Archived Arts & Entertainment

Dance festival has gathered a crowd of supporters over the years

By Marian Larson • Contributing Writer

Not even a broken limb could keep one die-hard fan from missing a Folkmoot performance.

But then, “Folkmoot-fanaticism” seems to run in Karen Ford’s family.

The Lake Junaluska resident loves everything about the festival — the music, the instruments (she has a collection of between 30 and 40 — all purchased at Folkmoot), dancing, and most of all, the people. In 22 years she’s yet to miss seeing the international dance troupes that descend on Haywood County from the Earth’s four corners.

“If that man (Dr. Clint Border) hadn’t started Folkmoot, we all would’ve missed out on a lot,” she said.

One year, Ford and her grandmother had plans to attend an evening performance at the Stompin’ Ground. That afternoon, her grandmother fell and broke her arm. Ford tried to take her to the hospital, but her grandmother insisted that they wait until after that night’s show. They arrived an hour early, got front row seats, and headed to the emergency room after the last bow.

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Whether the attendee is a Haywood County native, a new resident, or an out-of-town tourist, Folkmoot USA doesn’t seem to have much trouble drawing an audience.

Folkmoot fans far and wide come every year to enjoy the two-week long Haywood County festival. They travel from all over the Southeast, and some even come from as far as California and Wisconsin. Judy Bromley, ticket manager, estimates that 30 percent of patrons are from out of town.

“Our country is such a melting pot, and I think people’s own heritage makes them interested in Folkmoot,” Bromley said. “And some of them have never done the international thing, while others have traveled all over the world.”

Locals, however, make up the festival’s largest group of supporters.

Willie Rhodarmer, a Haywood County resident and Folkmoot volunteer for the past 10 years, is a long-time supporter of Folkmoot and has friends who visit every year from out of town for the closing ceremonies.

“This does a lot for international relations and good will. It’s so exciting and fun to see how the groups get together once they get here. I think it’s one of the best things around,” Rhodarmer said.

Monroe, N.C., resident Reggy Gaddy found Folkmoot by accident when he was spending the weekend in Maggie Valley during the festival’s first year. He was looking for something to do around town, and someone mentioned a dance performance at the Stompin’ Ground. He has been hooked ever since.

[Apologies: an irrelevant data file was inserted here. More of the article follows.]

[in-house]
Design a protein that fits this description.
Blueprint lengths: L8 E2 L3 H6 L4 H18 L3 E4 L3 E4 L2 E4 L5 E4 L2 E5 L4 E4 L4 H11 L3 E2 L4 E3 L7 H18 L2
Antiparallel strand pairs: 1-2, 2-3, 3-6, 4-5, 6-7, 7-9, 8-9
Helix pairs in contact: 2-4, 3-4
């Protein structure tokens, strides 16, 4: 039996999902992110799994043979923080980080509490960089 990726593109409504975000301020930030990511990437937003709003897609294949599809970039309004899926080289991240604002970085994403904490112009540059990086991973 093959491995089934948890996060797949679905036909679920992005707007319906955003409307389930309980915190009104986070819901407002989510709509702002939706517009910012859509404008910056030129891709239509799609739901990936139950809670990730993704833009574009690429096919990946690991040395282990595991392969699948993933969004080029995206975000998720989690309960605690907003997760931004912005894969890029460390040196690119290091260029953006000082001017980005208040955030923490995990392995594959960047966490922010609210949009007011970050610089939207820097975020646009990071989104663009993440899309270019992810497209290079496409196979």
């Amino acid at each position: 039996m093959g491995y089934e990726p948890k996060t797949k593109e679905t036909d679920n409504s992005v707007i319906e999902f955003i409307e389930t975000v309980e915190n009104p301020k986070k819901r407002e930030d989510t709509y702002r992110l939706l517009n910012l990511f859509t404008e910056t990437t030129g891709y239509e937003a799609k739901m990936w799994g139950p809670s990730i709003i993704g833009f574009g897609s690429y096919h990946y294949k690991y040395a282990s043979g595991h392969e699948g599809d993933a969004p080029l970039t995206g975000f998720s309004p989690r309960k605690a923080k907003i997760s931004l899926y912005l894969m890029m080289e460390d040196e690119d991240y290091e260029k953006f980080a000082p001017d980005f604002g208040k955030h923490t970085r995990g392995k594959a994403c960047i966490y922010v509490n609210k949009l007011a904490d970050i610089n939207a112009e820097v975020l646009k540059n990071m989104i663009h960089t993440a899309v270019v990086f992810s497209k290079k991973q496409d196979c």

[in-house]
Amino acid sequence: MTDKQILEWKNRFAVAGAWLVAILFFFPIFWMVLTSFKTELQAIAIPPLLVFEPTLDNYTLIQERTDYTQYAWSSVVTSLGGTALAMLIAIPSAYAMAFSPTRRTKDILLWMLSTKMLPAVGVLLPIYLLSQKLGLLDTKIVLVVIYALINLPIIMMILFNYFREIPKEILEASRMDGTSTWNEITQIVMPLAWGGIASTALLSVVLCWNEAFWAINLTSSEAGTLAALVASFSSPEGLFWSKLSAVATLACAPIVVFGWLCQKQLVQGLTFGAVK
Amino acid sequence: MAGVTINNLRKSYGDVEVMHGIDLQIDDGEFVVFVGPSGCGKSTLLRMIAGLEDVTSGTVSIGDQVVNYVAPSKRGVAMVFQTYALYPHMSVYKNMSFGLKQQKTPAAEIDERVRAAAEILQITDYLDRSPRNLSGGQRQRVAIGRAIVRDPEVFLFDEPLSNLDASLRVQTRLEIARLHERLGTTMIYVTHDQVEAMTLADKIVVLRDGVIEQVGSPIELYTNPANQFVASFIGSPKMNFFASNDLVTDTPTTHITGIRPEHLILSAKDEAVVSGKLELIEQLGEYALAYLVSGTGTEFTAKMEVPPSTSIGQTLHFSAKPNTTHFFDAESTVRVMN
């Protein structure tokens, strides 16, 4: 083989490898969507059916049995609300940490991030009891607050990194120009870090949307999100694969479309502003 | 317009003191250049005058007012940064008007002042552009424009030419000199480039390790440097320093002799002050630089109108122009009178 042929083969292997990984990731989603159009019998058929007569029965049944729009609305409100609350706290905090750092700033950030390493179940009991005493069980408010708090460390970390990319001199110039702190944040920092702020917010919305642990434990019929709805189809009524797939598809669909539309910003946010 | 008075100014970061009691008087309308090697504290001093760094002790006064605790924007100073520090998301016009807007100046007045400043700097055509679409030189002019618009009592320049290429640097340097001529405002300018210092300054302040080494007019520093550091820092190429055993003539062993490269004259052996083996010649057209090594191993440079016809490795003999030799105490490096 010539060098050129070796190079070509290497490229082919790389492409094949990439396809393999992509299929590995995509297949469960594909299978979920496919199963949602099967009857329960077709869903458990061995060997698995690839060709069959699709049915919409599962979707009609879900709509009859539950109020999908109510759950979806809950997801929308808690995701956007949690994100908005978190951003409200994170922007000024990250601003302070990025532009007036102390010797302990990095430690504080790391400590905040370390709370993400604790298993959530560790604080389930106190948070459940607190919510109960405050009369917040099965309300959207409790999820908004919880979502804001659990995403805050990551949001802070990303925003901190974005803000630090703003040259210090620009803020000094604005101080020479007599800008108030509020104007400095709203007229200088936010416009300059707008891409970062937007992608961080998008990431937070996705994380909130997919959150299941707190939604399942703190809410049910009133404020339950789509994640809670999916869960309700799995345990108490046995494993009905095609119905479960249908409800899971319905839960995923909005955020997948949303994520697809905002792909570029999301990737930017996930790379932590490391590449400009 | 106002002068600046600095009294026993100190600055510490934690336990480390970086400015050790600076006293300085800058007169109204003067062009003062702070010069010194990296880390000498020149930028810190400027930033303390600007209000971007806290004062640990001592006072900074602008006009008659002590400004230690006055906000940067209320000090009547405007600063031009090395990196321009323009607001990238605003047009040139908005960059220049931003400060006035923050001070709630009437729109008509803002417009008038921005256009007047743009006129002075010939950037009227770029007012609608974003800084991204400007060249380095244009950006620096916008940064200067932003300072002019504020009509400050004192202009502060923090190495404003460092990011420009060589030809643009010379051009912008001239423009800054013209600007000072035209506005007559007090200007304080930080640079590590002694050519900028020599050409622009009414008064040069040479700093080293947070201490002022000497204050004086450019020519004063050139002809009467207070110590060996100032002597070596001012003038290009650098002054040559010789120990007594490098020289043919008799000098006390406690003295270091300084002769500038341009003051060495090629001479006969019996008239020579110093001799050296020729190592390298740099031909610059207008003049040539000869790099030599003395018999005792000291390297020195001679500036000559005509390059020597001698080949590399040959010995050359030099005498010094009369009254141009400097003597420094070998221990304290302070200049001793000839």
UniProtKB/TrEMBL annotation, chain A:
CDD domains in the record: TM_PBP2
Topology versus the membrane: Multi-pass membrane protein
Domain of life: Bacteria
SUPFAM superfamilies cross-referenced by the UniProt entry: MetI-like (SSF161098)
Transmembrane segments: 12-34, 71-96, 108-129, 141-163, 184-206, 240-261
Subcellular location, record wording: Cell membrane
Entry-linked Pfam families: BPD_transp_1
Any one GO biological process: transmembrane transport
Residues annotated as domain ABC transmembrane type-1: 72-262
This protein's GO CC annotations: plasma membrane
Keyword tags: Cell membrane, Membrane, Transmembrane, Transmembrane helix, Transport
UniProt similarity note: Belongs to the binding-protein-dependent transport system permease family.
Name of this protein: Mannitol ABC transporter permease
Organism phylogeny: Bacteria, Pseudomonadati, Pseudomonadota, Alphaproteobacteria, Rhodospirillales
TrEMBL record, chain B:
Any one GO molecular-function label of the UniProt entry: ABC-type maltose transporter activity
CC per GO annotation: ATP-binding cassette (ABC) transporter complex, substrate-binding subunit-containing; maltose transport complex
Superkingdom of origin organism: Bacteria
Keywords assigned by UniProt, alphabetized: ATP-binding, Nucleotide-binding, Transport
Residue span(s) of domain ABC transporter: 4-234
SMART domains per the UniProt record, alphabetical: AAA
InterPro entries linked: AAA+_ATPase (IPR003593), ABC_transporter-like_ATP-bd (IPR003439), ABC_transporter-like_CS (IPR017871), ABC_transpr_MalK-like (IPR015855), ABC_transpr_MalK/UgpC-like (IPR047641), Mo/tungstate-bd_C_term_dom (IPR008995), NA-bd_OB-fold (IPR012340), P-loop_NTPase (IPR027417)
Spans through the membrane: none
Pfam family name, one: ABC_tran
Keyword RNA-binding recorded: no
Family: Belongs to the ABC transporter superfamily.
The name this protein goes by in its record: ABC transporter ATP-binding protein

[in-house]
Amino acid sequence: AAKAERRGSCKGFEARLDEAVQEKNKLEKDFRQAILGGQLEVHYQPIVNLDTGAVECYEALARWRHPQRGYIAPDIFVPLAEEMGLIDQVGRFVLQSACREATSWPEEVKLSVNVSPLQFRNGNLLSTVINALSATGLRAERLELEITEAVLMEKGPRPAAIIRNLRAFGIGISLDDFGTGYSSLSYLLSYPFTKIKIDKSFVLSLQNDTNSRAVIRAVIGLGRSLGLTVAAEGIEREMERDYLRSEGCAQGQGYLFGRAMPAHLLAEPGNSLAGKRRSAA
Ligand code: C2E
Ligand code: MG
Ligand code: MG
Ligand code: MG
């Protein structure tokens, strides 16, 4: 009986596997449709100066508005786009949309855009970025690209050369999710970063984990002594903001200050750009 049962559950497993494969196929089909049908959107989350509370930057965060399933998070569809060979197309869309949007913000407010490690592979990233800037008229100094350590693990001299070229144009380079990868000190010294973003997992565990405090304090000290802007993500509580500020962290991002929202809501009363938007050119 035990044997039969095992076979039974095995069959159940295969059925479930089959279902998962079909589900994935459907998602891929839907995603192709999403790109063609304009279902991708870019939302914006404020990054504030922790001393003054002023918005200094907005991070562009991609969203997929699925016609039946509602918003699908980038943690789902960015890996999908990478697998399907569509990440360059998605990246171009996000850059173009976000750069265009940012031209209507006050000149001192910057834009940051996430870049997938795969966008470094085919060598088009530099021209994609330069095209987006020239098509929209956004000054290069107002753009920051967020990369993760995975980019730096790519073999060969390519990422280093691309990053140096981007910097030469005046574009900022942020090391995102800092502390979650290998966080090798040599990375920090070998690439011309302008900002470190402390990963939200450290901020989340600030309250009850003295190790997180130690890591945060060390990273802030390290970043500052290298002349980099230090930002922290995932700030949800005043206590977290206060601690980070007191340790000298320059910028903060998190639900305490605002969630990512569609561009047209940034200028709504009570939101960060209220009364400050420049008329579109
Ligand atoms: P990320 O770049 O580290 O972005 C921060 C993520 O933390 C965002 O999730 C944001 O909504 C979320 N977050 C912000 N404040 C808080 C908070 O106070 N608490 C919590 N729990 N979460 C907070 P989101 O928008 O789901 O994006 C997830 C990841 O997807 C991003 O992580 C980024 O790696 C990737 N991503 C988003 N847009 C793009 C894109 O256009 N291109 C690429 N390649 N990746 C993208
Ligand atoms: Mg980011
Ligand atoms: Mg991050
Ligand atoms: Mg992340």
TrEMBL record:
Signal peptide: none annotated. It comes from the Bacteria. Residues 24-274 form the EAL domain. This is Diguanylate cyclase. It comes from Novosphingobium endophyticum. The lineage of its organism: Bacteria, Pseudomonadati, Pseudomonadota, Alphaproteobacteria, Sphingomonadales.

“I haven’t missed a year. I wouldn’t miss Folkmoot for anything,” Gaddy said. “The first year or two, we wondered whether it would go on. It’s only gotten bigger and better since then.”

Gaddy thinks that Waynesville is a perfect place to host the annual festival.

“I’ve often said that if I left Monroe, I’d love to live there. The people are so friendly, and everyone gets so involved in Folkmoot. That’s intriguing to me,” he said.

And since he’s never traveled internationally, Gaddy sees something new every year.

“It gives me a chance to see things — people, instruments, dance — that I’ve never seen before,” he said.

For Odette Sinclair of Louisville, Ky., herself a folk dancer and teacher, Folkmoot is a way for her to be on the other side of the stage. Most of her vacations are spent in class at various folk dance camps, so Folkmoot serves as a respite for her.

“To be able to see folk dances that we do — and of course some that we’ve never seen or performed — is what I love. I love the variety,” she said.

She and her husband have been coming to the festival for 15 years. What used to be a trip for just the two of them has turned into five or six couples coming from Louisville each year.

One of Sinclair’s favorite performances was that of a Swiss group several years back. Sinclair grew up in a Swiss community in New York City and did Swiss folk dancing as a child. Watching the group’s Folkmoot performance brought back happy memories for her.

“They were so modest, not showy but true to the form of Swiss dance. They haven’t tried to glitz this. It was still a peasant dance,” she said.

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